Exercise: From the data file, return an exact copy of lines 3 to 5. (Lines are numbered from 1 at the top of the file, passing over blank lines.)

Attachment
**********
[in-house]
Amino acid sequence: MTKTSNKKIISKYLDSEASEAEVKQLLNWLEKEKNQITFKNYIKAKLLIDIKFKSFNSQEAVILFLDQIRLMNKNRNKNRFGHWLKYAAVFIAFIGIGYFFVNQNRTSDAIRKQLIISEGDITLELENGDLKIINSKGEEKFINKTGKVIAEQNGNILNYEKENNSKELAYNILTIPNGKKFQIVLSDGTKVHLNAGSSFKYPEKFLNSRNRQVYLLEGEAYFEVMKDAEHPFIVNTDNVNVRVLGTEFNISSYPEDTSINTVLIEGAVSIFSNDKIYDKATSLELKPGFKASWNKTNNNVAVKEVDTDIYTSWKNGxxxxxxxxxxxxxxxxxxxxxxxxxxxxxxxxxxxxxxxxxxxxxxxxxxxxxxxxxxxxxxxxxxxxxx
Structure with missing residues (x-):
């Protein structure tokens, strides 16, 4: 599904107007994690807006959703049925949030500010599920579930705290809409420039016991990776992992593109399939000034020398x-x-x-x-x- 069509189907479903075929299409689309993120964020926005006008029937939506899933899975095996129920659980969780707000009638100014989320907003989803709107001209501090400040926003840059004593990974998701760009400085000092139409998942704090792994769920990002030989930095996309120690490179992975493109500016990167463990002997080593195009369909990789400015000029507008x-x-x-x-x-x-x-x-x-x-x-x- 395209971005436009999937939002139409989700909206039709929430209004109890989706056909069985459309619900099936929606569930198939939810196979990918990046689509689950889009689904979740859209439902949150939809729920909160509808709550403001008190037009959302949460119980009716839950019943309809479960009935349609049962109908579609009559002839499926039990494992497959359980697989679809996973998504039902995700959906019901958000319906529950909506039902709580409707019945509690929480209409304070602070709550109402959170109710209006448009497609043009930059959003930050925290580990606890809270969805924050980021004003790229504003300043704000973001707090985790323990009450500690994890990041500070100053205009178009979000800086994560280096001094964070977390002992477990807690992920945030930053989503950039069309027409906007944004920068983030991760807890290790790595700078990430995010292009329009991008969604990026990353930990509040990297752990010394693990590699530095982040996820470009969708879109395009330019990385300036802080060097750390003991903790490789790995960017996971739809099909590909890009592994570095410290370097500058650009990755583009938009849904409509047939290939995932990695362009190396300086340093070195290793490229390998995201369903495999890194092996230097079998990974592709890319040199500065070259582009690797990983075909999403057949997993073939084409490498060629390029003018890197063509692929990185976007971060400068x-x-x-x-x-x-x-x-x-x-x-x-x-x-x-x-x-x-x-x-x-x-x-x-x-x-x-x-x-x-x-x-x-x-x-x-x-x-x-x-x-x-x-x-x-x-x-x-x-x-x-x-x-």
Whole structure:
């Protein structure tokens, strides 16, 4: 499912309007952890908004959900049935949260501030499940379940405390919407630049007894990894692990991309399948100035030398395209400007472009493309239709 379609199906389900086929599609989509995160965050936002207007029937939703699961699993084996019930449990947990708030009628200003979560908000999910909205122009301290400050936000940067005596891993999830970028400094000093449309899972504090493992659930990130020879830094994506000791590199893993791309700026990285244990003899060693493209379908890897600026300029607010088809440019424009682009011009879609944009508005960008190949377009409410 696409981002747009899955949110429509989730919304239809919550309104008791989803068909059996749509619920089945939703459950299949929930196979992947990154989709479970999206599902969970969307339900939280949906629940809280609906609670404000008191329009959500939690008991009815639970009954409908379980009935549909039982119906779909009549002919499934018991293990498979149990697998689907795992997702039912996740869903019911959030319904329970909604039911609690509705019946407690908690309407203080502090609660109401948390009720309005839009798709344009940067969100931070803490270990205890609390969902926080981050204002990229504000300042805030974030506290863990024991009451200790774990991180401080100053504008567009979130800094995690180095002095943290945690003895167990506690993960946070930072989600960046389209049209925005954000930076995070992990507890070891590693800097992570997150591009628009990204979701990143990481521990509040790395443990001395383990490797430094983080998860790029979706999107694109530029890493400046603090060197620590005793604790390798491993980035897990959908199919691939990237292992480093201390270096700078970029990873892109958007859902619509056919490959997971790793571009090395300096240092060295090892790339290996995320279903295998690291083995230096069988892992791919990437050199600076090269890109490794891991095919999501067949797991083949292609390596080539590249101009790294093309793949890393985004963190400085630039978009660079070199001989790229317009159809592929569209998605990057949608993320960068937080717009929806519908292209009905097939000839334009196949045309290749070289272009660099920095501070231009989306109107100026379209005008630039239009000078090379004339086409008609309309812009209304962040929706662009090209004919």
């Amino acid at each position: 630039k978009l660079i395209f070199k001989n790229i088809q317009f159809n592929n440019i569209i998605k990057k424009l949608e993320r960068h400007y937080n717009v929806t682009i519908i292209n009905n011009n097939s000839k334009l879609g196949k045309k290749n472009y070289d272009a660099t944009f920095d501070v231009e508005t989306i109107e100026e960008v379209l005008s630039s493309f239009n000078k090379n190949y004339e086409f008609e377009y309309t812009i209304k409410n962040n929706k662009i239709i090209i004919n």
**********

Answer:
Structure with missing residues (x-):
């Protein structure tokens, strides 16, 4: 599904107007994690807006959703049925949030500010599920579930705290809409420039016991990776992992593109399939000034020398x-x-x-x-x- 069509189907479903075929299409689309993120964020926005006008029937939506899933899975095996129920659980969780707000009638100014989320907003989803709107001209501090400040926003840059004593990974998701760009400085000092139409998942704090792994769920990002030989930095996309120690490179992975493109500016990167463990002997080593195009369909990789400015000029507008x-x-x-x-x-x-x-x-x-x-x-x- 395209971005436009999937939002139409989700909206039709929430209004109890989706056909069985459309619900099936929606569930198939939810196979990918990046689509689950889009689904979740859209439902949150939809729920909160509808709550403001008190037009959302949460119980009716839950019943309809479960009935349609049962109908579609009559002839499926039990494992497959359980697989679809996973998504039902995700959906019901958000319906529950909506039902709580409707019945509690929480209409304070602070709550109402959170109710209006448009497609043009930059959003930050925290580990606890809270969805924050980021004003790229504003300043704000973001707090985790323990009450500690994890990041500070100053205009178009979000800086994560280096001094964070977390002992477990807690992920945030930053989503950039069309027409906007944004920068983030991760807890290790790595700078990430995010292009329009991008969604990026990353930990509040990297752990010394693990590699530095982040996820470009969708879109395009330019990385300036802080060097750390003991903790490789790995960017996971739809099909590909890009592994570095410290370097500058650009990755583009938009849904409509047939290939995932990695362009190396300086340093070195290793490229390998995201369903495999890194092996230097079998990974592709890319040199500065070259582009690797990983075909999403057949997993073939084409490498060629390029003018890197063509692929990185976007971060400068x-x-x-x-x-x-x-x-x-x-x-x-x-x-x-x-x-x-x-x-x-x-x-x-x-x-x-x-x-x-x-x-x-x-x-x-x-x-x-x-x-x-x-x-x-x-x-x-x-x-x-x-x-």
Whole structure: